THE WALK (Tri-Star/Screen Gems) tells the actual tale of Phillippe Petit (Joseph Gordon-Levitt) who attempted to walk a tightrope across the World Trade Center’s Twin Towers.
The story begins in Phillippe’s home country of France c 1973. He becomes fascinated with the circus tightrope walkers as a kid. Before long, he attempts to learn how to tightrope walk. His self taught skills lead him into becoming a street entertainer, performing to an audience for loose change while keeping an eye out for the cops. While performing, he meets up with another street performer, Annie Allix (Charlotte Le Bon) who becomes his first companion into an idea he holds. While glancing through a magazine, he sees an article noting that the World Trade Center in New York will become the tallest buildings in the world. And within those buildings, there is a place where a tightrope can be strung across. This gives him the wildest dream to one day walk across those towers, and to become the greatest tightrope walker around! He befriends the same tightrope walker he saw performing at the circus, a man from Eastern Europe known as Papa Rudy (Ben Kingsley) who teaches this budding tightrope walker a few of his secret tricks. Phillippe’s dream slowly becomes a reality when he starts to collect a team of folks that will lead him toward his big goal! Before long, it’s off to New York, and the scheme begins!
This is a feature that is a blend of genres. It’s one part drama, one part comedy, and even one part heist film! The drama element first unfolds with Phillippe and Anne, as played by Joseph Gordon-Levitt and Charlotte Le Bon. These two are the ideal depiction of a charming and cute couple. In fact, JGL as Philippe Petit holds much of that same charisma this film carries as he narrates his personal saga, extracted from his memoir To Reach the Clouds, and adapted as a screenplay by Robert Zemeckis (who also directs this movie) & Christopher Browne. Although JGL carries the film each step of the way (no pun intended), this title also holds a vast selection of character performers that portray Phillippe’s “gang” that makes his conquest possible from both sides of the globe; James Badge Dale as Jean-Pierre, Ben Schwartt as Albert , Steve Valentine as Barry Greenhouse, and Benedict Samuel as Jean-Louis. There roles may be minor, but their appearance adds to the allure and appeal that this movie contains throughout!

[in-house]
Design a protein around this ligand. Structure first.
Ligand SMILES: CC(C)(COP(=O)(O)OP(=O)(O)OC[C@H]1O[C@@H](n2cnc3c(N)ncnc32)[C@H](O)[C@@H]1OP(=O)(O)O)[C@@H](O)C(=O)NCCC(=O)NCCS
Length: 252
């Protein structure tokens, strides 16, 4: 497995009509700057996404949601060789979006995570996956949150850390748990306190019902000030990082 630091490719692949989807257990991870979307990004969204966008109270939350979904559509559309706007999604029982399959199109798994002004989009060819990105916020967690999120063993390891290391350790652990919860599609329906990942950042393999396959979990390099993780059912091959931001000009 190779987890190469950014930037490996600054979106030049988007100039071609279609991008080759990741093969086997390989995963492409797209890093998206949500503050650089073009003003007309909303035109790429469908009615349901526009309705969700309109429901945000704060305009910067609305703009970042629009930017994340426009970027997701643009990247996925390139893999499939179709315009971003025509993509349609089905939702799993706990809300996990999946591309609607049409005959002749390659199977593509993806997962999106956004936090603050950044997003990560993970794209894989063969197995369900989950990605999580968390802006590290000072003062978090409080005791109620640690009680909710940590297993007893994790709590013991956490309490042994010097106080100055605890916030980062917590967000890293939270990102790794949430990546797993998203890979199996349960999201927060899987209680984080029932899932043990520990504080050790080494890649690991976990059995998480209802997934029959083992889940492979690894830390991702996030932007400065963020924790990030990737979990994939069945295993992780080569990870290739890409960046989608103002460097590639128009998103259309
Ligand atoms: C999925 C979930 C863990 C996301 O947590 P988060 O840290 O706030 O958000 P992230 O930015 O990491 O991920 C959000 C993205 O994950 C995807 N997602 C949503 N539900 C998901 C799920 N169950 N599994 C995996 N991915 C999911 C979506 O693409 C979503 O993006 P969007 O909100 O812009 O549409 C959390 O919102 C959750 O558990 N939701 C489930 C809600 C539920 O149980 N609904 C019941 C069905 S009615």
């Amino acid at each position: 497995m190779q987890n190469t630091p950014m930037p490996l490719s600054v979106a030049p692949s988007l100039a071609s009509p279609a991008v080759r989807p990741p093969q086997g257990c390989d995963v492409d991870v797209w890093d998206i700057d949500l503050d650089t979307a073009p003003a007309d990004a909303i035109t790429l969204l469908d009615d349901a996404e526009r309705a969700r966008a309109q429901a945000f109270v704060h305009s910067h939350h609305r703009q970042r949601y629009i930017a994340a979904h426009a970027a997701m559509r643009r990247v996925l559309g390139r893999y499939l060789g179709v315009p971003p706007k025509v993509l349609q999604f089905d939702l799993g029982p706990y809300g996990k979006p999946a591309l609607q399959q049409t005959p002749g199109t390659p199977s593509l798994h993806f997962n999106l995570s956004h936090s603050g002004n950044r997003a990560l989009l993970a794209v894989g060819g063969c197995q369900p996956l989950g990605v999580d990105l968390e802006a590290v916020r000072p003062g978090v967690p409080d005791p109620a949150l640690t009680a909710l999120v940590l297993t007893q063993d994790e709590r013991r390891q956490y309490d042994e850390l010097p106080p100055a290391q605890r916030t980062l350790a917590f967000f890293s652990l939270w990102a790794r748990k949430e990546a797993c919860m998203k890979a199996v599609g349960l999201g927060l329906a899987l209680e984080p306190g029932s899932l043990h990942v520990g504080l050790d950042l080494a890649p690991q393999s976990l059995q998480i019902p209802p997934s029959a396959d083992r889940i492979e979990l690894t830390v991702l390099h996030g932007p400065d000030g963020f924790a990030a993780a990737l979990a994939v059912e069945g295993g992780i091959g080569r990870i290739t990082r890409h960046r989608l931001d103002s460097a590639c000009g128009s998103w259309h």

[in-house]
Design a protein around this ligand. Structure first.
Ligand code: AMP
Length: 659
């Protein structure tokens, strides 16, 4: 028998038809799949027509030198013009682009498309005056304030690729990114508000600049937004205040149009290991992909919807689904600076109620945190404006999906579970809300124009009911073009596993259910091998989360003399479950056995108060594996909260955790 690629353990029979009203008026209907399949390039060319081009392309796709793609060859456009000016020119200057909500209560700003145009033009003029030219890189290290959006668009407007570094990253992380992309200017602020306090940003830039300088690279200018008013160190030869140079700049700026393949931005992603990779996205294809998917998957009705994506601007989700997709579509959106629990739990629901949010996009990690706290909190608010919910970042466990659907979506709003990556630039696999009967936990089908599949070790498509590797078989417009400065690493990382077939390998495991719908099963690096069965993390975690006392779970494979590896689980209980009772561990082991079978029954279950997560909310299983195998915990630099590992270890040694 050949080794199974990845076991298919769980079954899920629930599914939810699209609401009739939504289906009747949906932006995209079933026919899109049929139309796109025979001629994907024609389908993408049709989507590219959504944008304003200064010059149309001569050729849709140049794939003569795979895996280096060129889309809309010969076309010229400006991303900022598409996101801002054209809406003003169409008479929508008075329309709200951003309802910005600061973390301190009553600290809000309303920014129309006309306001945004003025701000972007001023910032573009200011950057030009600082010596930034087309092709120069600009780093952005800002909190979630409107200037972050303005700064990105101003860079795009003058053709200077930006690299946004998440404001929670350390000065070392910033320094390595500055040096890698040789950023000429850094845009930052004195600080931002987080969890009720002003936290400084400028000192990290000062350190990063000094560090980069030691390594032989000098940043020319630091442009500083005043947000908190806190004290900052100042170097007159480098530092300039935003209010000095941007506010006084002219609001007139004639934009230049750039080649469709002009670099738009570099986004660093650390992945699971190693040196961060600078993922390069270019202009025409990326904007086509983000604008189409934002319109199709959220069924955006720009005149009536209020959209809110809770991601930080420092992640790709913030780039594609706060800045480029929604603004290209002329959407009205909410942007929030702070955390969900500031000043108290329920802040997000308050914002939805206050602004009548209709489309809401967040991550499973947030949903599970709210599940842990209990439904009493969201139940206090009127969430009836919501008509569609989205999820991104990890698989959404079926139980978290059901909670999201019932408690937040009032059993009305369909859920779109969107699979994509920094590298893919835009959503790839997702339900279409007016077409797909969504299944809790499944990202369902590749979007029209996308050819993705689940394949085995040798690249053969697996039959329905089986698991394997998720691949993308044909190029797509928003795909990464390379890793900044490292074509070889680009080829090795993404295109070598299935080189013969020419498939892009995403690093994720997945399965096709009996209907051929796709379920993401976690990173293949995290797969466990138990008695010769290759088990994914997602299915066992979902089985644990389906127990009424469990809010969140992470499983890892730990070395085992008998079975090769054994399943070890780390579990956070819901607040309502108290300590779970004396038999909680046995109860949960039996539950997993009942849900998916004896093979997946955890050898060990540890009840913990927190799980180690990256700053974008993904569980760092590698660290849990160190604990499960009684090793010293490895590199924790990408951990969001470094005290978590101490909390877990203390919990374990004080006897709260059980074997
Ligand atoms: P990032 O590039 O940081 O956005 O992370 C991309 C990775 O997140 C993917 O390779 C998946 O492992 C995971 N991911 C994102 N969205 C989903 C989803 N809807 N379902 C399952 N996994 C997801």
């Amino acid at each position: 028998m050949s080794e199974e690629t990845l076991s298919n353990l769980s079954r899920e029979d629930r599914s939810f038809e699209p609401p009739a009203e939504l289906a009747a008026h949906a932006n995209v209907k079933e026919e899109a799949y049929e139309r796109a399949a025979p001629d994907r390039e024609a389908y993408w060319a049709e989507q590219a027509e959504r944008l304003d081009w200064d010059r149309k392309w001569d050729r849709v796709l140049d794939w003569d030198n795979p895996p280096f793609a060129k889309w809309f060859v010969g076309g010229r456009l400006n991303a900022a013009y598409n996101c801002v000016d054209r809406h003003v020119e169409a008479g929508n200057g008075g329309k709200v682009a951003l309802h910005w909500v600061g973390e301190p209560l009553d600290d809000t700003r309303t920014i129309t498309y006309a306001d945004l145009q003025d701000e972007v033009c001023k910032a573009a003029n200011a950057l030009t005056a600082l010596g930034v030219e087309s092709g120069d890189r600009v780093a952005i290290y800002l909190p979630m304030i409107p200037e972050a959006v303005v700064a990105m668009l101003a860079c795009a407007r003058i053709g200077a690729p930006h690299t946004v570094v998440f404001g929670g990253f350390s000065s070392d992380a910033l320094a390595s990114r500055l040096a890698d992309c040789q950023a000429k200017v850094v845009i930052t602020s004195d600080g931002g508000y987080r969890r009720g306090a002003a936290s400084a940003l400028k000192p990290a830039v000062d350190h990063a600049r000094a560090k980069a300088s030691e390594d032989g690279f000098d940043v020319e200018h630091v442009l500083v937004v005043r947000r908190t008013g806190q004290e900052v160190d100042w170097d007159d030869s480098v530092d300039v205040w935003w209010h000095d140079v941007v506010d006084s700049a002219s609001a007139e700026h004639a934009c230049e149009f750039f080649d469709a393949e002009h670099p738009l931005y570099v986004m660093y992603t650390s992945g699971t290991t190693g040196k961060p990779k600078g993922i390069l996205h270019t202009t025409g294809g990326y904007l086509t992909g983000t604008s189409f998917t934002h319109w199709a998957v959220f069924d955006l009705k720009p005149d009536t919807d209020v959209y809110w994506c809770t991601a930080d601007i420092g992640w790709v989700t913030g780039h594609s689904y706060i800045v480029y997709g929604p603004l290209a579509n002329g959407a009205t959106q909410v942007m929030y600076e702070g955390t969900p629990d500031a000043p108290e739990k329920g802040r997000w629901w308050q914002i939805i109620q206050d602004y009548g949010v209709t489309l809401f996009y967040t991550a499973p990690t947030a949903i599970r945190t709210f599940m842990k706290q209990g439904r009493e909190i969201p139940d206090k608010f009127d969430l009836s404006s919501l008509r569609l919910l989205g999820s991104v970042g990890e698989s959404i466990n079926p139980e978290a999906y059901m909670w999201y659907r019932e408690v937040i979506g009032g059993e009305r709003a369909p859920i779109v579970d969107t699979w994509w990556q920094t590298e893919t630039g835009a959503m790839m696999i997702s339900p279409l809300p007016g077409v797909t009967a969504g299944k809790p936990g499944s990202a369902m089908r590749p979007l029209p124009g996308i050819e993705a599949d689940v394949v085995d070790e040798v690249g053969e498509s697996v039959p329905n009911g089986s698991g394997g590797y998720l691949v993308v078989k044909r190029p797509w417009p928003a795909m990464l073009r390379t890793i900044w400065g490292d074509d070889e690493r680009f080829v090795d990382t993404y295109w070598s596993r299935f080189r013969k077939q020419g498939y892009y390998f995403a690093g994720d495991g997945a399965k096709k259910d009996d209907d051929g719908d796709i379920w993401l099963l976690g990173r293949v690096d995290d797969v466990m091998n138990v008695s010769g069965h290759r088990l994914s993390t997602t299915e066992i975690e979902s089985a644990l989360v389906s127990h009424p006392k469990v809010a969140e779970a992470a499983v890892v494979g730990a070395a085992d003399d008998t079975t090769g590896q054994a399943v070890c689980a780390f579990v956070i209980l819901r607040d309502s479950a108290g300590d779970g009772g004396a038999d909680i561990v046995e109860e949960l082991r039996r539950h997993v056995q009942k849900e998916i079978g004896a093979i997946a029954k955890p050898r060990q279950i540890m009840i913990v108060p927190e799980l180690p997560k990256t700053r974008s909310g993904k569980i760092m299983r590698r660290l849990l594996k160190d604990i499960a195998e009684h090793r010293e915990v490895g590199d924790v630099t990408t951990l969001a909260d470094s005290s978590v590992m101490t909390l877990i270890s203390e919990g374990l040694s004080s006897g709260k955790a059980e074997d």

What also makes this film interesting is that it depicts Phillippe walking a tightrope across two buildings 110 stories above the ground! One will actually see the tops and bottoms of two structures no longer in existence while taking advantage of a view of lower Manhattan as it was portrayed some forty plus years before! Only CGI wizardry can conduct such a feat as that!
This feature film is the first of many other titles that will be released between now and the end of the year that focus upon drama, conflict and various forms of pathos–the same kind of material that tends to please voters of various movie based awards. Generally speaking, this flick can be called a “Gimmie an Oscar” picture under many categories, from its lead (Joseph Gordon-Levitt), its costars (Charlotte Le Bon and/or Ben Kingsley), its director (Robert Zemeckis) the screenwriters (Zemeckis and Christopher Browne) its special effects team (way too many names to post), and the list goes on and up! (Pun?)
In spite of all of this greatness, THE WALK in truly an entertaining and inspiring film to view. The press release states that this movie is a “love letter” to Paris, as well as to the original World Trade Center. This may be so. But as a companion to this movie, one should see James Marsh’s documentary Man On Wire that tells the same epic as a documentary, minus many of the colorful characters depicted as well as the special effects!
And speaking of special effects, it’s also a 3-D feature! Although some of the 3-D effects are amusing, this title holds up was a 2-D movie as well. So if one wants to save a few bucks by not paying the “3-D surcharge” some movie houses ask for, one won’t miss much!
This feature is rated “PG” for minor cussing and depictions of smoking! Now playing in a limited number of theaters, and opening nationwide on October 9th.